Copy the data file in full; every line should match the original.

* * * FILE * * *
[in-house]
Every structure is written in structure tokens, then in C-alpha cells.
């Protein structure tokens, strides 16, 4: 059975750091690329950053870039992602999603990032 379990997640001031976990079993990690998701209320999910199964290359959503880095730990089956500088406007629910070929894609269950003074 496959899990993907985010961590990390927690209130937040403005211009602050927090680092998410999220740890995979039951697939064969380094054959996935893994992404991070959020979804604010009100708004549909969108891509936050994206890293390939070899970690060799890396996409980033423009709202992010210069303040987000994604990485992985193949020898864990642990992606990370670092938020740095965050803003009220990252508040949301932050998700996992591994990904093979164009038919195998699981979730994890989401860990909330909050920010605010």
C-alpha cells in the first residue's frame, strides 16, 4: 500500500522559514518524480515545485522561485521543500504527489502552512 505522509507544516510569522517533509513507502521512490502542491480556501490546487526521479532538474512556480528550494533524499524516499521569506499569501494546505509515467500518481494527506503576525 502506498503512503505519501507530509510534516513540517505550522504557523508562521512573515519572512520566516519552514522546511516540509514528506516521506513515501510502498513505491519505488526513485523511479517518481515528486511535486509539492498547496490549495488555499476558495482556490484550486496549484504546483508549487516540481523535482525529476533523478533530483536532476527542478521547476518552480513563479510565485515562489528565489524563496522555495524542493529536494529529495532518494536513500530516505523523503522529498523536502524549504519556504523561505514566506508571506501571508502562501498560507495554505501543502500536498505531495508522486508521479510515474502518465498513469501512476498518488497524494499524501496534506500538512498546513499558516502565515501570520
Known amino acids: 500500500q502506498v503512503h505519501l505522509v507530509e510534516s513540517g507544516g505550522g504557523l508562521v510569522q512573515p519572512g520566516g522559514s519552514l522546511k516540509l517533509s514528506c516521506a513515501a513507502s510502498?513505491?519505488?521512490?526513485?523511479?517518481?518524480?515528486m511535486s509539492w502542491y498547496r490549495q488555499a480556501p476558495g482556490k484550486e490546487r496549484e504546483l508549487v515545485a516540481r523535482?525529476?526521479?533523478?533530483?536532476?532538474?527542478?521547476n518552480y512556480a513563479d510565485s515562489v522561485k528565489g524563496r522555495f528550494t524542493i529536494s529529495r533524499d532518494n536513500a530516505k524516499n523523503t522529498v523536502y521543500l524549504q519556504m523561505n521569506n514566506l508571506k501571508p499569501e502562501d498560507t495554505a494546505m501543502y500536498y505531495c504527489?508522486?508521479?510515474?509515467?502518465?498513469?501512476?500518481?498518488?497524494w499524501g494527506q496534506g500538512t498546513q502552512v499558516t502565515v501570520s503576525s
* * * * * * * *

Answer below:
[in-house]
Every structure is written in structure tokens, then in C-alpha cells.
């Protein structure tokens, strides 16, 4: 059975750091690329950053870039992602999603990032 379990997640001031976990079993990690998701209320999910199964290359959503880095730990089956500088406007629910070929894609269950003074 496959899990993907985010961590990390927690209130937040403005211009602050927090680092998410999220740890995979039951697939064969380094054959996935893994992404991070959020979804604010009100708004549909969108891509936050994206890293390939070899970690060799890396996409980033423009709202992010210069303040987000994604990485992985193949020898864990642990992606990370670092938020740095965050803003009220990252508040949301932050998700996992591994990904093979164009038919195998699981979730994890989401860990909330909050920010605010």
C-alpha cells in the first residue's frame, strides 16, 4: 500500500522559514518524480515545485522561485521543500504527489502552512 505522509507544516510569522517533509513507502521512490502542491480556501490546487526521479532538474512556480528550494533524499524516499521569506499569501494546505509515467500518481494527506503576525 502506498503512503505519501507530509510534516513540517505550522504557523508562521512573515519572512520566516519552514522546511516540509514528506516521506513515501510502498513505491519505488526513485523511479517518481515528486511535486509539492498547496490549495488555499476558495482556490484550486496549484504546483508549487516540481523535482525529476533523478533530483536532476527542478521547476518552480513563479510565485515562489528565489524563496522555495524542493529536494529529495532518494536513500530516505523523503522529498523536502524549504519556504523561505514566506508571506501571508502562501498560507495554505501543502500536498505531495508522486508521479510515474502518465498513469501512476498518488497524494499524501496534506500538512498546513499558516502565515501570520
Known amino acids: 500500500q502506498v503512503h505519501l505522509v507530509e510534516s513540517g507544516g505550522g504557523l508562521v510569522q512573515p519572512g520566516g522559514s519552514l522546511k516540509l517533509s514528506c516521506a513515501a513507502s510502498?513505491?519505488?521512490?526513485?523511479?517518481?518524480?515528486m511535486s509539492w502542491y498547496r490549495q488555499a480556501p476558495g482556490k484550486e490546487r496549484e504546483l508549487v515545485a516540481r523535482?525529476?526521479?533523478?533530483?536532476?532538474?527542478?521547476n518552480y512556480a513563479d510565485s515562489v522561485k528565489g524563496r522555495f528550494t524542493i529536494s529529495r533524499d532518494n536513500a530516505k524516499n523523503t522529498v523536502y521543500l524549504q519556504m523561505n521569506n514566506l508571506k501571508p499569501e502562501d498560507t495554505a494546505m501543502y500536498y505531495c504527489?508522486?508521479?510515474?509515467?502518465?498513469?501512476?500518481?498518488?497524494w499524501g494527506q496534506g500538512t498546513q502552512v499558516t502565515v501570520s503576525s